Those who know a little about the ordeal of the Donner Party usually find the tale repulsive. A group of pioneers struggling their way to California in 1846 became trapped by heavy snow in the Sierra Nevada Mountains near Truckee Lake, California. Ill-prepared to survive a harsh winter, they ran out of supplies, many succumbed to starvation and the survivors eventually resorted to cannibalism. George R. Stewart’s recounts this sad episode of American history in “Ordeal by Hunger”.
Most with whom I’ve discussed this story react the same way when the cannibalism comes up: “I would never do that” they exclaim. Perhaps not. But understanding the plight of the Donner Party forces contemplation. The scope of this tragedy wasn’t limited to the Donner family, but to several families who joined their fortunes together on the trail. It was a group of almost 90 souls in over 60 wagons by the time they reached present-day Utah in August of 1846.
Their story is a cascading bad luck tale, the result of bad information and faulty assumptions. Taking the word of Lansford W. Hastings about a route to California was the root cause of their troubles. Hastings published a book describing a “better” route, but the Donner Party was the first to attempt it with wagons, literally blazing the trail. Some of the terrain was too rugged for passage by wagons. In places, trees were felled to cut a path through forested areas, slowing the group’s progress to a crawl.
Stress was high and tempers flared. During a dispute, James Reed killed another member of the party. Reed was his family’s patriarch and not popular among his fellow sojourners. While unfortunate, the death was not a premeditated act. Frontier justice was dispensed and Reed was banished from the party, leaving his family and wagon behind. This seemingly dark moment may actually have been the salvation of the survivors. Reed pressed forward on horseback, arriving in California well ahead of the group’s anticipated arrival date.
The group had been told that the mountain pass above Truckee Lake (near present-day Lake Tahoe) remained open through early November. Delays along the trail left the group little margin for error when they reached the foot of the pass at the end of October. As they arrived, it began to snow heavily. An attempt was made to reach the top of the pass, where the journey was literally downhill from there. But the snow was already so deep and the going so tough that they turned back to wait out the storm. Camp was made on the shores of Truckee Lake among a group of cabins left by previous travelers. I have no doubt the group was travel weary, but clearly they did not understand the consequences of stopping on the wrong side of the summit while waiting for the storm to pass.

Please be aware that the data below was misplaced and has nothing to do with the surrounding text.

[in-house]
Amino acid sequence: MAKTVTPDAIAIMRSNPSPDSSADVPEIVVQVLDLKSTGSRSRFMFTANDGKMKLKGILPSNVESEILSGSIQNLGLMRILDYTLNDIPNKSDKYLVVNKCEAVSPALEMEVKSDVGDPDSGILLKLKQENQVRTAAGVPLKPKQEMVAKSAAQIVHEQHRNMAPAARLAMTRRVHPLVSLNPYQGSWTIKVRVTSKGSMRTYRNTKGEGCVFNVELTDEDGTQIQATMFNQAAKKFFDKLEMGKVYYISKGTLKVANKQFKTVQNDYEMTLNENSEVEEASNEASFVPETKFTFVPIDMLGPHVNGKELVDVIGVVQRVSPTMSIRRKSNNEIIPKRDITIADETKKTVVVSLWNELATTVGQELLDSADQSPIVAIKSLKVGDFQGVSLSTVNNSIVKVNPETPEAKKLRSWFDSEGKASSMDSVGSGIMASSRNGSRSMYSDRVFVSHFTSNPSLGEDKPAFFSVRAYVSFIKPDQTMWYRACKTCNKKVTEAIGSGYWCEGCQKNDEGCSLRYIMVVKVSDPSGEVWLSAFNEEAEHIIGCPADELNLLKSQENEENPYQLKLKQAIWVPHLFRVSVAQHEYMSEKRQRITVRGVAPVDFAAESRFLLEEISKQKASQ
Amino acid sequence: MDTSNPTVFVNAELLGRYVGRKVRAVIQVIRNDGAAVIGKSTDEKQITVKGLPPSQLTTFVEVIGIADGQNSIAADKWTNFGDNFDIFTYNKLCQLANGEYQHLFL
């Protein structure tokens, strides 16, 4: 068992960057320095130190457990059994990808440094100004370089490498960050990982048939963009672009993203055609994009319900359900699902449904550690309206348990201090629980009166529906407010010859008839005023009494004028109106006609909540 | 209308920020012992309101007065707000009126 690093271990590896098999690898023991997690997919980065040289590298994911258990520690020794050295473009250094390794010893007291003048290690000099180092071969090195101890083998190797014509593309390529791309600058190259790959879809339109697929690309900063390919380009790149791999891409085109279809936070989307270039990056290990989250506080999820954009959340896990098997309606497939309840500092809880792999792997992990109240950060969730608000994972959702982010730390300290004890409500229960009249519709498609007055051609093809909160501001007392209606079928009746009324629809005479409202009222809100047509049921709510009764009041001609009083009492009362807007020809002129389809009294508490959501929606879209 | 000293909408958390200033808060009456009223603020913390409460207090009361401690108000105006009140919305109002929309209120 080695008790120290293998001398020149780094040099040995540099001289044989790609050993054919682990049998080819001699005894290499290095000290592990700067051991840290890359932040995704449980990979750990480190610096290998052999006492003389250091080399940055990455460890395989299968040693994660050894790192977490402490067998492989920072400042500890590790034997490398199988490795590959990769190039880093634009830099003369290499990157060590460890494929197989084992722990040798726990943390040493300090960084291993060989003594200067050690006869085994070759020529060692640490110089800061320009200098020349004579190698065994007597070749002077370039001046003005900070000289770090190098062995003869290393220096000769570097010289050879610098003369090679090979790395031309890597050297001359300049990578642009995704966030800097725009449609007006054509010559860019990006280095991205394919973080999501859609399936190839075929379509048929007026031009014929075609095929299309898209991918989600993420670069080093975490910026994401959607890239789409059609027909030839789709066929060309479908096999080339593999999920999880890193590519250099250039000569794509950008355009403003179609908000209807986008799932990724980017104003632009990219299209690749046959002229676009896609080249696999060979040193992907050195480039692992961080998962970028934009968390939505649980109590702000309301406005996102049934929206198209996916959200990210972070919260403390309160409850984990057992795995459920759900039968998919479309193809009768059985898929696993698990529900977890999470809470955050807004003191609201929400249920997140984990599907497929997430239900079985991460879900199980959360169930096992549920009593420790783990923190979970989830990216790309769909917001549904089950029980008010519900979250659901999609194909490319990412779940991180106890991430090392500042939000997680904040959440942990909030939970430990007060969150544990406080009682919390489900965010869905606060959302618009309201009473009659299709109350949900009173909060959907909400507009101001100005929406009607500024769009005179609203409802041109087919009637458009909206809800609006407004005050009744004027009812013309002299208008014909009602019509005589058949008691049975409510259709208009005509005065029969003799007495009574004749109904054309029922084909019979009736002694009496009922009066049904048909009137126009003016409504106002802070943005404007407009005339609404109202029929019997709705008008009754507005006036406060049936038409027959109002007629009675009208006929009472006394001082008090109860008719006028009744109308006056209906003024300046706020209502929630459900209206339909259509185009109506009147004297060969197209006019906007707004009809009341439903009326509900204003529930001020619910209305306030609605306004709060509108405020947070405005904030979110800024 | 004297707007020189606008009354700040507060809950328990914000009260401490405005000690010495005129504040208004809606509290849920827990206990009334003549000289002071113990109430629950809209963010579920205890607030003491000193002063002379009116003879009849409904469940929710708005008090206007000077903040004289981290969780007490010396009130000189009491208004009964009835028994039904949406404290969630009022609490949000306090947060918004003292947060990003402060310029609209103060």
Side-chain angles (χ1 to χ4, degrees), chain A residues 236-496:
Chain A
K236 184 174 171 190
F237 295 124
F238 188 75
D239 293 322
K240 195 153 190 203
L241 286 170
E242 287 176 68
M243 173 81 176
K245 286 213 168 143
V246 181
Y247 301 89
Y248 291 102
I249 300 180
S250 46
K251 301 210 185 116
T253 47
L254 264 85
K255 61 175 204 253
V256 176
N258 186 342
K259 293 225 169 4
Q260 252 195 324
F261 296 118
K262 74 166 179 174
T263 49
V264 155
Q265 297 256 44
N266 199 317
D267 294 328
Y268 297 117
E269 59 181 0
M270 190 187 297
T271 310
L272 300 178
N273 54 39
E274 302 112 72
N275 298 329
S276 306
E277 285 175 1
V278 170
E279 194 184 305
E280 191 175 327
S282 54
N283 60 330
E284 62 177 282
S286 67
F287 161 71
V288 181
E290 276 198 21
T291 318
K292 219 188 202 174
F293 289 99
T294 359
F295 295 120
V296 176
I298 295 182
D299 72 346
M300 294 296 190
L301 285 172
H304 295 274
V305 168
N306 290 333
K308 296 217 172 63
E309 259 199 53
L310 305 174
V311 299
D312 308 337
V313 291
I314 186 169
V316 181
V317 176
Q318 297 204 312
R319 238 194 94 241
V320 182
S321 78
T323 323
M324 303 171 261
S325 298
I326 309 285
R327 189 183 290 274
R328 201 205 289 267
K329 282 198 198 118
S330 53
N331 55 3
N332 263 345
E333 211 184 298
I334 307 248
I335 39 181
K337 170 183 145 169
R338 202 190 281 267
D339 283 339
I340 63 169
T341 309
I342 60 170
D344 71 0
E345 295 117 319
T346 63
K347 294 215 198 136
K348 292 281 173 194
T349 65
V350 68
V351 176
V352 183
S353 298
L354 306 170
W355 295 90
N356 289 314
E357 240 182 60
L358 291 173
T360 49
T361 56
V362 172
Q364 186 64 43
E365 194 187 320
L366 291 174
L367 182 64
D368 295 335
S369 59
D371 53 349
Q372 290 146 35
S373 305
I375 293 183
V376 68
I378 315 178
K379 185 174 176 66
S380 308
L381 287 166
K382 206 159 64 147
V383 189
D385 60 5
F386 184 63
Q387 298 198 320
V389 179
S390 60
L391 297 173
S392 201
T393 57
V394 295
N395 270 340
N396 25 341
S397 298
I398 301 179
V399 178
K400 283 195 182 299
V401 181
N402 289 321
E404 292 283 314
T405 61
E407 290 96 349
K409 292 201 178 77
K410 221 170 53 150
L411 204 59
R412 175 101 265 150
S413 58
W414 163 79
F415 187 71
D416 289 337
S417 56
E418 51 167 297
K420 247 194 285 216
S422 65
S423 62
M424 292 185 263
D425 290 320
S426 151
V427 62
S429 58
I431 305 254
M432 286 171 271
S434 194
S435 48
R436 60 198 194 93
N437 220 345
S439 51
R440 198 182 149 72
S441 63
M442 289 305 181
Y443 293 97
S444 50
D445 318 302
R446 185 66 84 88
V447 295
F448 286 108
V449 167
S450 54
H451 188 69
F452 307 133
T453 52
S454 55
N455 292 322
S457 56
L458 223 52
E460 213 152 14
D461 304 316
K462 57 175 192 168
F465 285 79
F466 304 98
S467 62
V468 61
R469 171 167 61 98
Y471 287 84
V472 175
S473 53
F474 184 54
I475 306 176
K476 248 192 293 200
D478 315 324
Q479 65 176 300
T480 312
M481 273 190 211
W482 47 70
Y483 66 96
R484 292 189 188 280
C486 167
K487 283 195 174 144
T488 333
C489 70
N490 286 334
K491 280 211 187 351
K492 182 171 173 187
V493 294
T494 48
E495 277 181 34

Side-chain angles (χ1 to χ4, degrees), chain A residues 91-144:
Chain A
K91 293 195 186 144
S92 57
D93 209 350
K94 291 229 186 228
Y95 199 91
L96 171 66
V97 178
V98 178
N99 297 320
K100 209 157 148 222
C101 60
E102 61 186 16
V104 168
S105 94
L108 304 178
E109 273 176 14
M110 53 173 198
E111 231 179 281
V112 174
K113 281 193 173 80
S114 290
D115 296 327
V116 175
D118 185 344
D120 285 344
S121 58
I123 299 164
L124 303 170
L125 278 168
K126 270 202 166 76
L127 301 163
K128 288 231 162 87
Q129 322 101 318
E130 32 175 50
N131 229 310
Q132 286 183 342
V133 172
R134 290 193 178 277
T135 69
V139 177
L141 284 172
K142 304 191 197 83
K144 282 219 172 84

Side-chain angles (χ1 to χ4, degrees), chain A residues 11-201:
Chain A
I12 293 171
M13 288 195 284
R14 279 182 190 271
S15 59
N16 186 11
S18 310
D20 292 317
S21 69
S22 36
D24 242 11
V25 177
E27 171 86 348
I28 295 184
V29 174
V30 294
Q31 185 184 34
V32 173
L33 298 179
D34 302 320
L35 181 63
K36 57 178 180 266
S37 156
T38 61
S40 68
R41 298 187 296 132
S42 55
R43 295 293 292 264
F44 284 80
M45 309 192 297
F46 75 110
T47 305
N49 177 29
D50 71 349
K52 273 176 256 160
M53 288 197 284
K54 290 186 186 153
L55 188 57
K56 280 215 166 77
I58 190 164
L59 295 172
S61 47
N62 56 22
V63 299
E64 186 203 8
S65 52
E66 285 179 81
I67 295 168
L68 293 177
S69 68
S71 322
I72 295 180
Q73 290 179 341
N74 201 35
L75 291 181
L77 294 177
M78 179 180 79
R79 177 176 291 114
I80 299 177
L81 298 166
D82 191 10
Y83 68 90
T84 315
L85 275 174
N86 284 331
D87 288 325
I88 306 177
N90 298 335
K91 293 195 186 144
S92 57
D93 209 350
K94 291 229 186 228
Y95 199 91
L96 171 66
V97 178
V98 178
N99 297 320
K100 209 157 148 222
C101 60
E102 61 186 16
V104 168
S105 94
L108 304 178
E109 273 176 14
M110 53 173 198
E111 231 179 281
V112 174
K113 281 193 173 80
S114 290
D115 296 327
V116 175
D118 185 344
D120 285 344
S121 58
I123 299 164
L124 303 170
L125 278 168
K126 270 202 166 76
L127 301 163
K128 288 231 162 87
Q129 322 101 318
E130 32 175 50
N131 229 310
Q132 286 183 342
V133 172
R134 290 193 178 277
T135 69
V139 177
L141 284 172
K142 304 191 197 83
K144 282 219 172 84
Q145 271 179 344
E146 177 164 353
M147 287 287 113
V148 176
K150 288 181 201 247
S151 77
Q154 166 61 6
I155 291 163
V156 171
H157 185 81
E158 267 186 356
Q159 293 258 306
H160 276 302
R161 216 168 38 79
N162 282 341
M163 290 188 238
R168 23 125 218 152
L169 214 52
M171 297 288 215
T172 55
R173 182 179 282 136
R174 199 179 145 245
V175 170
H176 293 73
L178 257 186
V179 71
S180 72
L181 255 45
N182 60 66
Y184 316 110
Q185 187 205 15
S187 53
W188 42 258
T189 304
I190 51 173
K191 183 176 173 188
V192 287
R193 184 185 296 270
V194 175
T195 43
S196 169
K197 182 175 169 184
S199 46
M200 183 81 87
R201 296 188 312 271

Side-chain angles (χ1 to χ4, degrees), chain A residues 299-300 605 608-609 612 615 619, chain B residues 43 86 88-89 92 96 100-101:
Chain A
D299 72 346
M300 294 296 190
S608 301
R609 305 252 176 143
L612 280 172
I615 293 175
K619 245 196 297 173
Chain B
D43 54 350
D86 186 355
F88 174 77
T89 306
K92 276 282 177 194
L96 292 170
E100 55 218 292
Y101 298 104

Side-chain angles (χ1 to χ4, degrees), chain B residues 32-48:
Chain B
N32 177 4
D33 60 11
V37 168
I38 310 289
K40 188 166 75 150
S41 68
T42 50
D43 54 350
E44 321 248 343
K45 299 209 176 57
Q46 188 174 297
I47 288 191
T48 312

They waited, consuming all their supplies in the process. Eventually they slaughtered their draft animals and ate them, an act necessary for survival but one that eliminated a self-rescue option. They started eating leather goods. Then people began to die, and the unthinkable occurred – they began consuming the flesh of their dead comrades. It is a mistake to view this as a barbaric act committed by unscrupulous people – it was a desperate act of survival. And they did it with as much dignity as possible, implementing a system where no one would eat the flesh of a family member.
In the end, it was the banished James Reed who knew something was wrong. When the long-overdue wagon train failed to arrive, Reed mounted a rescue attempt. Rescuers reached the remnants of the party in late February 1847, and were shocked with what they found. Two-thirds of the men in the party had perished, and one-third of the women. The survivors did make it to California and went on to lead a normal existence, even thriving in many cases.
There is something here for us if we hope to metaphorically prevent history from repeating itself:
- How much risk are you willing to take? The Donner Party’s goal was to reach California, not to blaze a new trail. They were at the tail-end of a string of wagon trains headed west and gripped with a sense of urgency to find a shortcut. In today’s fiercely competitive business climate, I’m all for taking risks to gain an advantage. But are you willing to risk the company and lose it all? Risks are good. Calculated risks. Risks that are soberly assessed and into which all the constituents buy-in. Enter into them, but not lightly. Recognize that stress and pressure takes objectivity away when making decisions.
- When circumstances are truly desperate, what will you do? It’s easy to say that we would never resort to desperate measures, but then again, when was the last time you were trapped in the Sierra Nevada winter with nothing to eat? Would you do what you had to in order to survive? The only way to know what you can or will do when the going gets really rough is to live in difficult circumstances. What you can do is be principles-driven, not circumstances-driven. Establish principles about how you will live and work now and hope that you have the moral strength to hold them inviolate when circumstances don’t favor you.
- Where will your strength come from? Call it sexist, gender-bias or whatever you will, but most who are unfamiliar with this story wouldn’t guess that two-thirds of the Donner Party women survived, but only one-third of the men. In a crisis, your strength may come from an unexpected source. Liabilities often turn into assets and assets into liabilities under pressure.
Even though you’re tired and weary of the journey, you may never have a better chance of reaching your goal than when you’re struggling toward it with the summit in sight. Saying “whoa” at that moment may lead to a long, cold and hungry winter.